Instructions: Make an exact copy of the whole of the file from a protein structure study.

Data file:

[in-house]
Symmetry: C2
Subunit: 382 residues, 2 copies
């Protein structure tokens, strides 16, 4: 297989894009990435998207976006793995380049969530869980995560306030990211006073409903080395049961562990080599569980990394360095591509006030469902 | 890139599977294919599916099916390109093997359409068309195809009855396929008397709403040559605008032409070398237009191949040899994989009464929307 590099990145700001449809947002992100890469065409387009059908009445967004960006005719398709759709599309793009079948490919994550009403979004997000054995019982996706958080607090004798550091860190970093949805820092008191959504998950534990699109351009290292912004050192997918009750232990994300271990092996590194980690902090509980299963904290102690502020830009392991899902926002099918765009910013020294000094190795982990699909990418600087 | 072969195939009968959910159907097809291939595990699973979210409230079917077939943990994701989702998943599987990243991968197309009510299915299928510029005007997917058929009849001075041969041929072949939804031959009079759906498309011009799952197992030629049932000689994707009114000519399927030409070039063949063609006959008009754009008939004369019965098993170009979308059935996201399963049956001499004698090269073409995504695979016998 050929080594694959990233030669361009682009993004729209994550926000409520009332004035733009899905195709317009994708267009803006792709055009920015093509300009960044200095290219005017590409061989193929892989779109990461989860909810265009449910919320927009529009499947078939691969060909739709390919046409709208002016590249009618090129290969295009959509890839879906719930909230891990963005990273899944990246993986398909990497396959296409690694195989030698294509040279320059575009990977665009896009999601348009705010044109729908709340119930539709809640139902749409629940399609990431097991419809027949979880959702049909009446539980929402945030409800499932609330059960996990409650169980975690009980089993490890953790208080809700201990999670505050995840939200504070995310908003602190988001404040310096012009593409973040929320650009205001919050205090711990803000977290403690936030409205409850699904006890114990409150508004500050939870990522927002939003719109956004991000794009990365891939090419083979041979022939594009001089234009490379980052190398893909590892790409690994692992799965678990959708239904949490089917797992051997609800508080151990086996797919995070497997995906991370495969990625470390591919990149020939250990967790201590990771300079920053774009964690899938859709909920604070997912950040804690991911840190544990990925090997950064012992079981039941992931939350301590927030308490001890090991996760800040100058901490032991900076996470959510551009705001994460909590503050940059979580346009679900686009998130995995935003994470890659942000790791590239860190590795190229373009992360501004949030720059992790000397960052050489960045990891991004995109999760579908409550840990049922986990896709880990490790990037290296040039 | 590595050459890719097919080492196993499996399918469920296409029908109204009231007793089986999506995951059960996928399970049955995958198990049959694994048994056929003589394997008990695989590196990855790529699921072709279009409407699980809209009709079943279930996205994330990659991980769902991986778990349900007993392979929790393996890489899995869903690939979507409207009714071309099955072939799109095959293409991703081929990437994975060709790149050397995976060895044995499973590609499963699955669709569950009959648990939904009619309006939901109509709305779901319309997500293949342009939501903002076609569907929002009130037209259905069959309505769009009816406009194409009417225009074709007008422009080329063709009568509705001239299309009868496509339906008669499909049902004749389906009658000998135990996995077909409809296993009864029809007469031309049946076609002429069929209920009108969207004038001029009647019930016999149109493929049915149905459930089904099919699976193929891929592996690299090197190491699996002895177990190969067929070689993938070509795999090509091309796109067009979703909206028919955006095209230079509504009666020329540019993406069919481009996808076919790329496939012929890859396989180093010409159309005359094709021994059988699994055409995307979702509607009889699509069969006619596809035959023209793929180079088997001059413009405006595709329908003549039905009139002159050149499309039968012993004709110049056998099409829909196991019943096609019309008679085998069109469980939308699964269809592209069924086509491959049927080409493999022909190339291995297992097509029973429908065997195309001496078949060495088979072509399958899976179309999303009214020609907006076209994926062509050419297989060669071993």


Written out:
[in-house]
Symmetry: C2
Subunit: 382 residues, 2 copies
């Protein structure tokens, strides 16, 4: 297989894009990435998207976006793995380049969530869980995560306030990211006073409903080395049961562990080599569980990394360095591509006030469902 | 890139599977294919599916099916390109093997359409068309195809009855396929008397709403040559605008032409070398237009191949040899994989009464929307 590099990145700001449809947002992100890469065409387009059908009445967004960006005719398709759709599309793009079948490919994550009403979004997000054995019982996706958080607090004798550091860190970093949805820092008191959504998950534990699109351009290292912004050192997918009750232990994300271990092996590194980690902090509980299963904290102690502020830009392991899902926002099918765009910013020294000094190795982990699909990418600087 | 072969195939009968959910159907097809291939595990699973979210409230079917077939943990994701989702998943599987990243991968197309009510299915299928510029005007997917058929009849001075041969041929072949939804031959009079759906498309011009799952197992030629049932000689994707009114000519399927030409070039063949063609006959008009754009008939004369019965098993170009979308059935996201399963049956001499004698090269073409995504695979016998 050929080594694959990233030669361009682009993004729209994550926000409520009332004035733009899905195709317009994708267009803006792709055009920015093509300009960044200095290219005017590409061989193929892989779109990461989860909810265009449910919320927009529009499947078939691969060909739709390919046409709208002016590249009618090129290969295009959509890839879906719930909230891990963005990273899944990246993986398909990497396959296409690694195989030698294509040279320059575009990977665009896009999601348009705010044109729908709340119930539709809640139902749409629940399609990431097991419809027949979880959702049909009446539980929402945030409800499932609330059960996990409650169980975690009980089993490890953790208080809700201990999670505050995840939200504070995310908003602190988001404040310096012009593409973040929320650009205001919050205090711990803000977290403690936030409205409850699904006890114990409150508004500050939870990522927002939003719109956004991000794009990365891939090419083979041979022939594009001089234009490379980052190398893909590892790409690994692992799965678990959708239904949490089917797992051997609800508080151990086996797919995070497997995906991370495969990625470390591919990149020939250990967790201590990771300079920053774009964690899938859709909920604070997912950040804690991911840190544990990925090997950064012992079981039941992931939350301590927030308490001890090991996760800040100058901490032991900076996470959510551009705001994460909590503050940059979580346009679900686009998130995995935003994470890659942000790791590239860190590795190229373009992360501004949030720059992790000397960052050489960045990891991004995109999760579908409550840990049922986990896709880990490790990037290296040039 | 590595050459890719097919080492196993499996399918469920296409029908109204009231007793089986999506995951059960996928399970049955995958198990049959694994048994056929003589394997008990695989590196990855790529699921072709279009409407699980809209009709079943279930996205994330990659991980769902991986778990349900007993392979929790393996890489899995869903690939979507409207009714071309099955072939799109095959293409991703081929990437994975060709790149050397995976060895044995499973590609499963699955669709569950009959648990939904009619309006939901109509709305779901319309997500293949342009939501903002076609569907929002009130037209259905069959309505769009009816406009194409009417225009074709007008422009080329063709009568509705001239299309009868496509339906008669499909049902004749389906009658000998135990996995077909409809296993009864029809007469031309049946076609002429069929209920009108969207004038001029009647019930016999149109493929049915149905459930089904099919699976193929891929592996690299090197190491699996002895177990190969067929070689993938070509795999090509091309796109067009979703909206028919955006095209230079509504009666020329540019993406069919481009996808076919790329496939012929890859396989180093010409159309005359094709021994059988699994055409995307979702509607009889699509069969006619596809035959023209793929180079088997001059413009405006595709329908003549039905009139002159050149499309039968012993004709110049056998099409829909196991019943096609019309008679085998069109469980939308699964269809592209069924086509491959049927080409493999022909190339291995297992097509029973429908065997195309001496078949060495088979072509399958899976179309999303009214020609907006076209994926062509050419297989060669071993």